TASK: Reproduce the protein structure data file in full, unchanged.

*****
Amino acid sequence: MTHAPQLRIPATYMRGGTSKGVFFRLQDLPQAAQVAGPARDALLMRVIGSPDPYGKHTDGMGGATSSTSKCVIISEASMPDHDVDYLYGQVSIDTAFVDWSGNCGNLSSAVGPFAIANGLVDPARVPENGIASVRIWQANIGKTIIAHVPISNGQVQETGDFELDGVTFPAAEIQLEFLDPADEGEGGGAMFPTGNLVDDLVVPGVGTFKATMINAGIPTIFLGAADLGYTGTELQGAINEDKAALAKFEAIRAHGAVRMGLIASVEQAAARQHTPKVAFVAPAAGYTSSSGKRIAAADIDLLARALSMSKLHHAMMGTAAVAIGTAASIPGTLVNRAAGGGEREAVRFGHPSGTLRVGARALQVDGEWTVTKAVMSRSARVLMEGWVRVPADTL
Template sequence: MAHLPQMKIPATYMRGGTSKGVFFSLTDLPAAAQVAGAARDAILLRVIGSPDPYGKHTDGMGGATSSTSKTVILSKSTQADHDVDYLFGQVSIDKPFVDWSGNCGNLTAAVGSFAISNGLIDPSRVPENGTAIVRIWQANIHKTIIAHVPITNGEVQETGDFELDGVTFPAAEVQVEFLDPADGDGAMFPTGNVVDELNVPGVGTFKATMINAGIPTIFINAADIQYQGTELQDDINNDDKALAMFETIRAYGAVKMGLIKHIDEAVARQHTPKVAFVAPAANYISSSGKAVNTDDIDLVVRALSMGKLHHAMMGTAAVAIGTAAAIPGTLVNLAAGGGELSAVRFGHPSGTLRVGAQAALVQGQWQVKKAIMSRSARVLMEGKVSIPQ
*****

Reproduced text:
Amino acid sequence: MTHAPQLRIPATYMRGGTSKGVFFRLQDLPQAAQVAGPARDALLMRVIGSPDPYGKHTDGMGGATSSTSKCVIISEASMPDHDVDYLYGQVSIDTAFVDWSGNCGNLSSAVGPFAIANGLVDPARVPENGIASVRIWQANIGKTIIAHVPISNGQVQETGDFELDGVTFPAAEIQLEFLDPADEGEGGGAMFPTGNLVDDLVVPGVGTFKATMINAGIPTIFLGAADLGYTGTELQGAINEDKAALAKFEAIRAHGAVRMGLIASVEQAAARQHTPKVAFVAPAAGYTSSSGKRIAAADIDLLARALSMSKLHHAMMGTAAVAIGTAASIPGTLVNRAAGGGEREAVRFGHPSGTLRVGARALQVDGEWTVTKAVMSRSARVLMEGWVRVPADTL
Template sequence: MAHLPQMKIPATYMRGGTSKGVFFSLTDLPAAAQVAGAARDAILLRVIGSPDPYGKHTDGMGGATSSTSKTVILSKSTQADHDVDYLFGQVSIDKPFVDWSGNCGNLTAAVGSFAISNGLIDPSRVPENGTAIVRIWQANIHKTIIAHVPITNGEVQETGDFELDGVTFPAAEVQVEFLDPADGDGAMFPTGNVVDELNVPGVGTFKATMINAGIPTIFINAADIQYQGTELQDDINNDDKALAMFETIRAYGAVKMGLIKHIDEAVARQHTPKVAFVAPAANYISSSGKAVNTDDIDLVVRALSMGKLHHAMMGTAAVAIGTAAAIPGTLVNLAAGGGELSAVRFGHPSGTLRVGAQAALVQGQWQVKKAIMSRSARVLMEGKVSIPQ